Please use this identifier to cite or link to this item: http://ktisis.cut.ac.cy/handle/10488/10077
Title: Systematic Review of Gender- dependent outcomes in sepsis
Authors: Papathanassoglou, Elizabeth 
Middleton, Nicos 
Benbenishty, Julie Sarah 
Williams, Ged F. 
Christofi, Maria Dolores 
Hegadoren, Kathleen Mary 
Keywords: Length of stay
Mortality
Sepsis
Sex
Systematic review
Issue Date: 1-Jan-2017
Publisher: Blackwell Publishing Ltd
Source: Nursing in critical care, 2017
Abstract: Background: Men and women appear to exhibit different susceptibilities to sepsis and possibly divergent outcomes. However, the effect of sex and gender in critical illness outcomes is still controversial and the underlying mechanisms appear to be complex. Objectives: We aimed to systematically review and synthesize evidence on the influence of sex on outcomes in critically ill adult patients with sepsis, as reported in published studies specifically including investigation of the effect of sex among their aims. Primary outcome measures include in-hospital mortality, intensive care unit (ICU) mortality and length of stay (LOS) in the ICU. Search strategy: The review was based on focused literature searches (CINAHL, PUBMED, EMBASE and COCHRANE). Methodological quality was assessed through the STROBE checklist and the Cochrane Tool for Bias in Cohort Studies. Meta-analysis was performed using STATA. Published observational studies addressing outcomes of sepsis among their primary aims and having included gender comparisons among primary outcomes in critically ill adult patients were included. Results: A total of eight eligible studies were included. With the exception of mortality, it was not possible to perform meta-analysis for other outcomes. Included studies reported data on 25,619 patients with sepsis (14309 male/11310 female). There is a paucity of well-designed studies addressing the effect of sex on mortality among patients with sepsis, and absence of studies addressing the effects of sex on multiple organ dysfunction of non-infectious origin. There was significant heterogeneity among study estimates (p=0·001; I2=78·1%). Conclusions: Although results of data syntheses appear to point towards a small disadvantage for survival among women, our results suggest that data on the impact of sex on sepsis outcomes remain equivocal. Implications for future research include approaches to adjustment for confounders and prospective designs. Relevance to clinical practice: Clarifying sex-related differences in sepsis, if any, is crucial for informing evidence-based care.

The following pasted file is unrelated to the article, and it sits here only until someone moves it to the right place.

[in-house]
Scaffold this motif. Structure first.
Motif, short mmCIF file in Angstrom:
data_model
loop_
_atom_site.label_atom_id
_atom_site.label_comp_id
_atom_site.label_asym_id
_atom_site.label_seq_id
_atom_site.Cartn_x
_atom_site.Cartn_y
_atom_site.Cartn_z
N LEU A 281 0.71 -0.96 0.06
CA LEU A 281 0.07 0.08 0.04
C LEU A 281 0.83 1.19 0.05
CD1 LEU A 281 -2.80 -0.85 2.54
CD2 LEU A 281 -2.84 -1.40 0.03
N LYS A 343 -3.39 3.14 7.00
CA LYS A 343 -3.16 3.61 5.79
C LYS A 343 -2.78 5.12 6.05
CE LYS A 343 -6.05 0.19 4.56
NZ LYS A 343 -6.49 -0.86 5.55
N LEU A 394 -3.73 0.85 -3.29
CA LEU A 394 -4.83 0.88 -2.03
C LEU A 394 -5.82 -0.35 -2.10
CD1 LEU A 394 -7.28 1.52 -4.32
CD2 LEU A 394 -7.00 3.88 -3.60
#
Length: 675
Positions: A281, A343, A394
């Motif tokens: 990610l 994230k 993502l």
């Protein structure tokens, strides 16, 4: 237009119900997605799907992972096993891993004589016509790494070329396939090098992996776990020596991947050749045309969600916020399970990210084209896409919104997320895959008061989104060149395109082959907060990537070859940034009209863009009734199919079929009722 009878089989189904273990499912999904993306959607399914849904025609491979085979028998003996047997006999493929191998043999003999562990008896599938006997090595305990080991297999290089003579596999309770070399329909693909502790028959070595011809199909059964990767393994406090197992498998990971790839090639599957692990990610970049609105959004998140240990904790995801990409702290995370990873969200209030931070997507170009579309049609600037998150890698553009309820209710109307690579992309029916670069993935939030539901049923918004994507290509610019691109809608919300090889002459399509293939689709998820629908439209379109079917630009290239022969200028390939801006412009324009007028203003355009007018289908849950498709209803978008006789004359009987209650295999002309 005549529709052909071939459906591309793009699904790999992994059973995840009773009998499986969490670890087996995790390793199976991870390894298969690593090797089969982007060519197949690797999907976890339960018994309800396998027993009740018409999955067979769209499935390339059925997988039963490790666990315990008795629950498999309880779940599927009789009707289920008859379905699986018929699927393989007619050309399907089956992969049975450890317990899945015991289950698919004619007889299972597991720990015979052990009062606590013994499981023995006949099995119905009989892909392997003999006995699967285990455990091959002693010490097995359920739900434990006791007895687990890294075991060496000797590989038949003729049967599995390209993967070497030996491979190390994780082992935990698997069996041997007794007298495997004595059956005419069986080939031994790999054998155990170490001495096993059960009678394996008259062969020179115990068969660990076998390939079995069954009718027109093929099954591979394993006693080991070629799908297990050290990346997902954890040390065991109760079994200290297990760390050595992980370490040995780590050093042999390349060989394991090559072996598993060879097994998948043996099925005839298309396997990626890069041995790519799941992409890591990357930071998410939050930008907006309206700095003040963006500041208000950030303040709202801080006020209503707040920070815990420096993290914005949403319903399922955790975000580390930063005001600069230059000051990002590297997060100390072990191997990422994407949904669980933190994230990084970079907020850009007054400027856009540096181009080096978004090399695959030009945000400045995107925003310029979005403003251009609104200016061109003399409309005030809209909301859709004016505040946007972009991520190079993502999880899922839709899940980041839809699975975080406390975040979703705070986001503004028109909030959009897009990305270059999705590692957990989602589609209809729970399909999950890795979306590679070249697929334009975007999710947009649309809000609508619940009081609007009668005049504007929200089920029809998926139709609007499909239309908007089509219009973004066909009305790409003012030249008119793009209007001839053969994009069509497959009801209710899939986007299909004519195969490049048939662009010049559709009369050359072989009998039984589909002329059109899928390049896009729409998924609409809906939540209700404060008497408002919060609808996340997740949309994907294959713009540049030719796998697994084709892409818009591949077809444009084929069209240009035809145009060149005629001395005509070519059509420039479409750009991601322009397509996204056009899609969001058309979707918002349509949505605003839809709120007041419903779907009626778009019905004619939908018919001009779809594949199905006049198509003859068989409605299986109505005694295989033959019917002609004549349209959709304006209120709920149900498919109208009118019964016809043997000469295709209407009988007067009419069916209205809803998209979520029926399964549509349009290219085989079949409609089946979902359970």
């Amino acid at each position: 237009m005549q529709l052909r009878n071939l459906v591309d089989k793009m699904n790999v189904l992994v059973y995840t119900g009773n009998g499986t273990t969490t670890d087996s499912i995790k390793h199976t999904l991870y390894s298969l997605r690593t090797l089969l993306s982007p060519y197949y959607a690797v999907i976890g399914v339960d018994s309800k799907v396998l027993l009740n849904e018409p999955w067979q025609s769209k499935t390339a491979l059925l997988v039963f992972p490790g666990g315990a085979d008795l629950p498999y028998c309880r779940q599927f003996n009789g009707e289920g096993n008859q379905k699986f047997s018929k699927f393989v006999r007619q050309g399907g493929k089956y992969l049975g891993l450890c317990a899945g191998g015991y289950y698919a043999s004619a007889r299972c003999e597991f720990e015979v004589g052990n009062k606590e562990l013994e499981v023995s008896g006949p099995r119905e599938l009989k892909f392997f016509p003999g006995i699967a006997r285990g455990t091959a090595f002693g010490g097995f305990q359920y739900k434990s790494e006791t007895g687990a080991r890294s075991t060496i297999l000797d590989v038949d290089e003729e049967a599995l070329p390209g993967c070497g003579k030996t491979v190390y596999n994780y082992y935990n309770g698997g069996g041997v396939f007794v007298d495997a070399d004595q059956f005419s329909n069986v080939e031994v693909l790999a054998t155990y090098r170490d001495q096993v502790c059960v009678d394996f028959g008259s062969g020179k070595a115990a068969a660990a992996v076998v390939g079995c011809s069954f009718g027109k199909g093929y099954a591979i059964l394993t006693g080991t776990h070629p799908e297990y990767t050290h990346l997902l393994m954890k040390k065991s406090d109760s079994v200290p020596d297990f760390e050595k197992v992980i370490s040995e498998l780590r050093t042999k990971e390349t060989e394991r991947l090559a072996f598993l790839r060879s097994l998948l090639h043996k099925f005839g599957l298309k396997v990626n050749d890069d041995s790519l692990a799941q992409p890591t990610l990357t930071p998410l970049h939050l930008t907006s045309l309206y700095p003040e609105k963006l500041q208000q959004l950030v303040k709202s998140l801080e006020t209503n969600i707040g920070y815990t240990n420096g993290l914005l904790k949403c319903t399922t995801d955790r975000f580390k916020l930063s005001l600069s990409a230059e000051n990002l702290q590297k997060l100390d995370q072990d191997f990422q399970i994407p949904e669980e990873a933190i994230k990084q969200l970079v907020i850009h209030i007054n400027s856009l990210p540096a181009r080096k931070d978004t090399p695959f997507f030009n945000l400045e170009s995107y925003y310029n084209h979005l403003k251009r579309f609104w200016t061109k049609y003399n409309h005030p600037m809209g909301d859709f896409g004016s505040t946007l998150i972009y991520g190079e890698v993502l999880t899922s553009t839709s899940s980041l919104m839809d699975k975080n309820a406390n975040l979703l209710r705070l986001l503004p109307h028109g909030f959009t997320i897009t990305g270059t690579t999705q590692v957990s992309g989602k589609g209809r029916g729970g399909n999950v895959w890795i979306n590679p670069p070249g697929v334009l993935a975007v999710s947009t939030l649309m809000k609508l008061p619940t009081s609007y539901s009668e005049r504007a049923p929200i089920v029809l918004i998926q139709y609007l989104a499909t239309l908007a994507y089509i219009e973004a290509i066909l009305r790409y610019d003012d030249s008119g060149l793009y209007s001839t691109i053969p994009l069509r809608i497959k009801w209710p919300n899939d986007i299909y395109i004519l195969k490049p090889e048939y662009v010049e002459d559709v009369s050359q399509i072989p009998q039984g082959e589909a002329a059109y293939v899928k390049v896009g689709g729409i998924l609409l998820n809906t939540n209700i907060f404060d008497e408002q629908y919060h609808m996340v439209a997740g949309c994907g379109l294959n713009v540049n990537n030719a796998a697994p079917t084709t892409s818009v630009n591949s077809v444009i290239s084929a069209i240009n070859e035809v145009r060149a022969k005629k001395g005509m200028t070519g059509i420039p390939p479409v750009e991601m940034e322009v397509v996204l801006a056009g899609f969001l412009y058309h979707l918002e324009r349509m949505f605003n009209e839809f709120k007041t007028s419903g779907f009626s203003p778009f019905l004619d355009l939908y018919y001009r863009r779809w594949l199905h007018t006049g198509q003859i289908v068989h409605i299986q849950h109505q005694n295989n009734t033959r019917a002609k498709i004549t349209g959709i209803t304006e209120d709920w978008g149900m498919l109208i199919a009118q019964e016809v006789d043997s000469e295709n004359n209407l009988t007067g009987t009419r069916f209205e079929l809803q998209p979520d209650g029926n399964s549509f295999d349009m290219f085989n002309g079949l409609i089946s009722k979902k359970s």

URI: http://ktisis.cut.ac.cy/handle/10488/10077
ISSN: 13621017
Rights: © 2017 British Association of Critical Care Nurses
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